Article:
Where to Find Petoskey Stones and How To Polish Them

Are you wondering where to find Petoskey Stones and how to polish them? These stones are absolutely stunning fossils.  As Michigan's state stone, I bet you are excited to find one during your Michigan Vacation.  Let's start hunting!!  

Petoskey is one of my favorite cities to visit!  See our Petoskey adventures here!

Where to Find Petoskey Stones!

These gorgeous stones can be tricky to find so don't be disappointed if you only find a small one!  We have a couple leads on where to find Petoksey Stones!!

  • Magnus Municipal Park, located at 901 West Lake Street, Petoskey, is one of the best places to search for Petoskey stones! 
  • Along the shores of Michigan Beach Park in Charlevoix. This park is located at 95 N Grant St, Charlevoix, MI.  It's a great place to walk along the beach while searching for stones! 
  • Fisherman's Island State Park, located at 16480 Bells Bay Rd, Charlevoix, MI, is also a spot where friends have had luck finding Michigan's Petoskey stones.  Good luck!!

What Are Petoskey Stones and Their History?

Did you know Petoskey Stones are colony corals?  Over time, the corals were petrified and when the glaciers receded these stones were scraped loose and deposited in this region of Michigan.  Petoskeys are made up mostly of calcite (although there usually is some clay, quartz and/or pyrite included within the rock making up

Almost a century after the founding of Petoskey, on June 28, 1965, Governor George Romney signed a bill that made the Petoskey Stone Michigan's official State Stone. Miss Ella Jane Petoskey, the only living grand-child of Chief Petosegay, was present at the formal signing. The bill simply states that the Petoskey Stone is the State Stone of Michigan.

The designation of Hexagonaria percarinata was made by Dr. Edwin C. Stumm in 1969. Dr. Stumm made this distinction based on his extensive knowledge of fossils. This specific fossil coral is found only in the rock strata known as the Alpena Limestone.

The Alpena Limestone is part of the Traverse Group of Devonian age. The Alpena Limestone is a mixture of limestones and shales. The outcrops of these rocks are restricted to the Little Traverse Bay area near Petoskey. 

Northern Michigan is the only place you will find this particular genus of fossilized coral?  

In 1965 this stone, or more correctly, this fossil, was declared to be Michigan's state stone.  There gorgeous patterns are more easily seen when wet but they can be polished to reveal their stunning circular patterns.  

It is said that carrying a Petoskey Stone in your pocket will bring you good luck! We can all use a little of that, can't we!?

How to Find Petoskey Stones

It's sometimes tricky knowing where to find Petoskey Stones.  Here are a few suggestions!.

Avoid the busier, more populated beaches.  Everyone and their brother will be walking the beaches looking for these stones so your chances will decrease vastly in these well traveled areas.  Find more off the beaten path locations to search. 

Hit the beach early in the morning.  Many beachcombers, rock hounds and tourists will be combing the beaches by noon, so if you hope to snag a couple gems I recommend you begin your search early.

Search along the water's edge.  It is extremely difficult to identify a dry Petoskey Stone as it simply looks gray.  Their distinctive hexagonal design stands out best when the rock is wet.  In the middle of summer it's fun to don a mask and go under water and search for the gorgeous rocks!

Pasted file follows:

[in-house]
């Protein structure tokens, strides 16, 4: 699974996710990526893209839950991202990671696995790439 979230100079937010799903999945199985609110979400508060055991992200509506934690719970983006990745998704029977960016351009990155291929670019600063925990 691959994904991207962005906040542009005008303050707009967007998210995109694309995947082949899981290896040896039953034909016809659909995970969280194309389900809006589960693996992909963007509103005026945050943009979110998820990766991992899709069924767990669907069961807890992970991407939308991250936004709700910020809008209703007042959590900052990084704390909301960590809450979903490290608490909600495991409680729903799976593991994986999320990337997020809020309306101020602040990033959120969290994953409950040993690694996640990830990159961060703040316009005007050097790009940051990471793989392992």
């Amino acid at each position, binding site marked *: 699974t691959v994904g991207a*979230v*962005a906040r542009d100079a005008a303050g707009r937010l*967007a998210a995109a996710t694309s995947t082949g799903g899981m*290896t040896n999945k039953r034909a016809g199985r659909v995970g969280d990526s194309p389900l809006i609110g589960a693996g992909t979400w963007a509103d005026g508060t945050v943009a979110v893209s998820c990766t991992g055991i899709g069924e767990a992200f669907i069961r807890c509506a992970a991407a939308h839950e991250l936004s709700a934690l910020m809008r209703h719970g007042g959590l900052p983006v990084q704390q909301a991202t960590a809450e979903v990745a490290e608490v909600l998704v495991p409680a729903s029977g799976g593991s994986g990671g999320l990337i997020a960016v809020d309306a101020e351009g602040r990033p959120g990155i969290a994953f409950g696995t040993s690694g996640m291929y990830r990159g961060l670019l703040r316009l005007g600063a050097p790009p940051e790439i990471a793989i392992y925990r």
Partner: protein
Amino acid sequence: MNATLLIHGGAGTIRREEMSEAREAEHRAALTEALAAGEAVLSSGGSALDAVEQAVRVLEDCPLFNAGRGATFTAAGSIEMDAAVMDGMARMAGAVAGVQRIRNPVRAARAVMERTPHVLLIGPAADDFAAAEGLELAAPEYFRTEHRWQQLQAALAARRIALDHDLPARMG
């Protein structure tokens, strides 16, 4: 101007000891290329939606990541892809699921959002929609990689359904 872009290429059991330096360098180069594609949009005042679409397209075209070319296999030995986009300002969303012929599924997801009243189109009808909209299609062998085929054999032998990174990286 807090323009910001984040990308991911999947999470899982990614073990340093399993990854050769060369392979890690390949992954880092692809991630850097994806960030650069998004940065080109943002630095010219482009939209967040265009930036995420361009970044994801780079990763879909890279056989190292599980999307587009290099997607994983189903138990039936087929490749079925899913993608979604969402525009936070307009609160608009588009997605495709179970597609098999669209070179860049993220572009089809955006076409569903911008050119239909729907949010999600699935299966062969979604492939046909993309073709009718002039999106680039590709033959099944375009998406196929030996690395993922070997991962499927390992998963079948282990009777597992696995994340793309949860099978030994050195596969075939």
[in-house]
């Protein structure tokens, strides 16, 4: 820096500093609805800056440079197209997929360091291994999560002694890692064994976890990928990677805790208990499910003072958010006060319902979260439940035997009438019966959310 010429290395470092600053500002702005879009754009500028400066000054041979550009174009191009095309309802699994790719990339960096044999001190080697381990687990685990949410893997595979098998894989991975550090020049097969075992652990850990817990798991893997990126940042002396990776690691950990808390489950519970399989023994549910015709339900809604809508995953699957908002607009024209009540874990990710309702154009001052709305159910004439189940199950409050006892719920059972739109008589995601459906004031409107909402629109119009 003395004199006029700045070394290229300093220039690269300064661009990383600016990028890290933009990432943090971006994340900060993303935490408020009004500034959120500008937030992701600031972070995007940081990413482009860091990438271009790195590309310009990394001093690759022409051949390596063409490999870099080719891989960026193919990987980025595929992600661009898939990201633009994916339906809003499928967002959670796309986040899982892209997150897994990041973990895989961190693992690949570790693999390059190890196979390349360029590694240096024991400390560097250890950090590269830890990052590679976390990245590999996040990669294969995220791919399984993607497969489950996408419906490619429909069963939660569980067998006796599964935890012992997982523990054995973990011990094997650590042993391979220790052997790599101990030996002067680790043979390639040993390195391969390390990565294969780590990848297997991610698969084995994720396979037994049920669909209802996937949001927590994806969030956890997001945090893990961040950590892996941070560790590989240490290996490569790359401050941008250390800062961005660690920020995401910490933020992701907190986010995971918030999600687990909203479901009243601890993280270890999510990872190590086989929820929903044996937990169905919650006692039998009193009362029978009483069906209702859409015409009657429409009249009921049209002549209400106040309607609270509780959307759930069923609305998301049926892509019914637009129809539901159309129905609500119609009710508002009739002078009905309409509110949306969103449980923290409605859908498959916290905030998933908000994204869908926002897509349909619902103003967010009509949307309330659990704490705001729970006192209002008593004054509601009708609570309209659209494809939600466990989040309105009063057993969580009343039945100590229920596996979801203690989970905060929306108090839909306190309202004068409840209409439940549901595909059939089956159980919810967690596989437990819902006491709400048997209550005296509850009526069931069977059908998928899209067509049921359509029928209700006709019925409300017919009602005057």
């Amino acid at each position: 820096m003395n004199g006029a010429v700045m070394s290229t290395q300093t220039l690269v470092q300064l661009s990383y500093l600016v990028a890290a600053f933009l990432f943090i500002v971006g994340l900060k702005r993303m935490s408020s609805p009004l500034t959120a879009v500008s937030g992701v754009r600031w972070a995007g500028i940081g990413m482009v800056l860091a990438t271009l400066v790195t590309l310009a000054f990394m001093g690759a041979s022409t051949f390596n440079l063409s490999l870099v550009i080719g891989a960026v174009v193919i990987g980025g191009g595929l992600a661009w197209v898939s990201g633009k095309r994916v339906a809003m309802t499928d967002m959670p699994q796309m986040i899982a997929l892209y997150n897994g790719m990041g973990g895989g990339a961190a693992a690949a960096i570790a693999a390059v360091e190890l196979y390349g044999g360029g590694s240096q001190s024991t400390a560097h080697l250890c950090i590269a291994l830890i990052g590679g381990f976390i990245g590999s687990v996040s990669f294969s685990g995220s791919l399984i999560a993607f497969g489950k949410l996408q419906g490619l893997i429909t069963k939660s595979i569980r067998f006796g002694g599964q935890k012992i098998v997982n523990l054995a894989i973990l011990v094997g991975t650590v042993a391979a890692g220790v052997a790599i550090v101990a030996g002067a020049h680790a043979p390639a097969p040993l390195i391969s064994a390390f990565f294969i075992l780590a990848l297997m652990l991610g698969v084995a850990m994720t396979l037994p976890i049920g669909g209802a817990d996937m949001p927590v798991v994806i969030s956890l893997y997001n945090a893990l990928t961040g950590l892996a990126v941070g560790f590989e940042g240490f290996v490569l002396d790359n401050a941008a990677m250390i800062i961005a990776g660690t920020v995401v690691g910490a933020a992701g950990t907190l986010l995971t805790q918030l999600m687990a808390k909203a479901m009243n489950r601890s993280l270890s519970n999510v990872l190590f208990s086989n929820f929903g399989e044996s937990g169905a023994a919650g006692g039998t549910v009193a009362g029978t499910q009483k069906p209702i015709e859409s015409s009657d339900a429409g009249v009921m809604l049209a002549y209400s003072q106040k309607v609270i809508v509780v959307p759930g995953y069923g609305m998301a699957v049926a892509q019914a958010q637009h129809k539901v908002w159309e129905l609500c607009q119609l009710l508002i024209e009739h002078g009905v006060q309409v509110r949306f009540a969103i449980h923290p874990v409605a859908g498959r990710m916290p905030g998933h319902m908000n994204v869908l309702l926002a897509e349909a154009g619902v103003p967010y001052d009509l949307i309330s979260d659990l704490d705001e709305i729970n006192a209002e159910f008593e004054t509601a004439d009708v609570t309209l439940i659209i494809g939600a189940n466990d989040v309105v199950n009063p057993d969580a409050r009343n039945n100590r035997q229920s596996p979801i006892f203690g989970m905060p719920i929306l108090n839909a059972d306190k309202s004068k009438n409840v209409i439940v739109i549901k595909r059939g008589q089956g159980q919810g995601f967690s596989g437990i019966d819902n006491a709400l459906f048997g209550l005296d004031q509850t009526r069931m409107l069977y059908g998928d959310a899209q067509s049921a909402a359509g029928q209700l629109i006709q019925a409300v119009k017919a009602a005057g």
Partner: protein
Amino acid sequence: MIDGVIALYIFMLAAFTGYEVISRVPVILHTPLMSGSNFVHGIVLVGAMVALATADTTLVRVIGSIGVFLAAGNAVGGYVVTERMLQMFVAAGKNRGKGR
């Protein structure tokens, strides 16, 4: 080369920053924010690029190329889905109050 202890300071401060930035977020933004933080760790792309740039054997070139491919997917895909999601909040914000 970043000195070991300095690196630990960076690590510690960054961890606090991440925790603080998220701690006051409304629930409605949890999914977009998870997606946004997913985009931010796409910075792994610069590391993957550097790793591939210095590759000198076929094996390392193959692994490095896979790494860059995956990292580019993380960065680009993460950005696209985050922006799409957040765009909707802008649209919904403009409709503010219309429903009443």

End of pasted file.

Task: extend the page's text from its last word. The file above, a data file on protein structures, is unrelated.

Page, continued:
Bring a spray bottle of water.  If you are venturing away from the water's edge, it's a good idea to bring water so you can sprinkle the rocks while searching.  See the photo above and you will know why!! You just might find a big fossil that way!!

How to Polish Your Petoskey Stones

I was surprised to learn that Petoskey Stones can be hand polished.  It simply requires a few materials, a little time, and some effort.

The materials required for polishing Petoskey Stones are sandpaper (220 grit, 400 grit, and 600 grit), a soft cloth, polishing powder or heavy duty rubbing compound, and a file.  

Grit refers to the size of the grains on a sandpaper. The higher the number, the finer the grain or grit. Sandpaper and most of the supplies you will need are available at hardware stores. Sandpaper that can be washed, or at least get wet, tends to last longer and work better.

STEP 1. If your Petoskey Stone is not already a nice rounded shape, you may wish to use a file to further smooth the stone or better shape it.

STEP 2. Dampen your rounded Petoskey Stone, and sand it with the coarse 220 grit sandpaper.   Hold the dampened stone firmly in one hand and rub the area of the stone to be polished on the sandpaper with a steady, rotating motion. 

Upon completion, rinse the stone and let it dry.  Examine for scratch marks which should be removed with more rubbing. This first sanding is very important and should be done with care. 

Repeat the sanding process with the 400 grit sand paper.  Then, do it again with the 600 grit sand paper.

STEP 3. Once you finish sanding the stone, look it over very closely.  If you see any scratches, sand it again with the 400 grit and then the 600 grit until the stone is smooth and blemish-free.  Make sure it's perfect before polishing!

STEP 4. To polish the stone, sprinkle a very small amount of polishing powder or compound on a lightly dampened corduroy or velvet square.  Rub the stone  in short circular stroke.  

And there you have it!!  We hope this guide gave you some tips on where to find Petoksey Stones.  Your very own polished Petoskey Stone!  At this point you can glue on a necklace bail with E6000 glue.  Bails can be purchased on Etsy or your local craft store like Hobby Lobby.  

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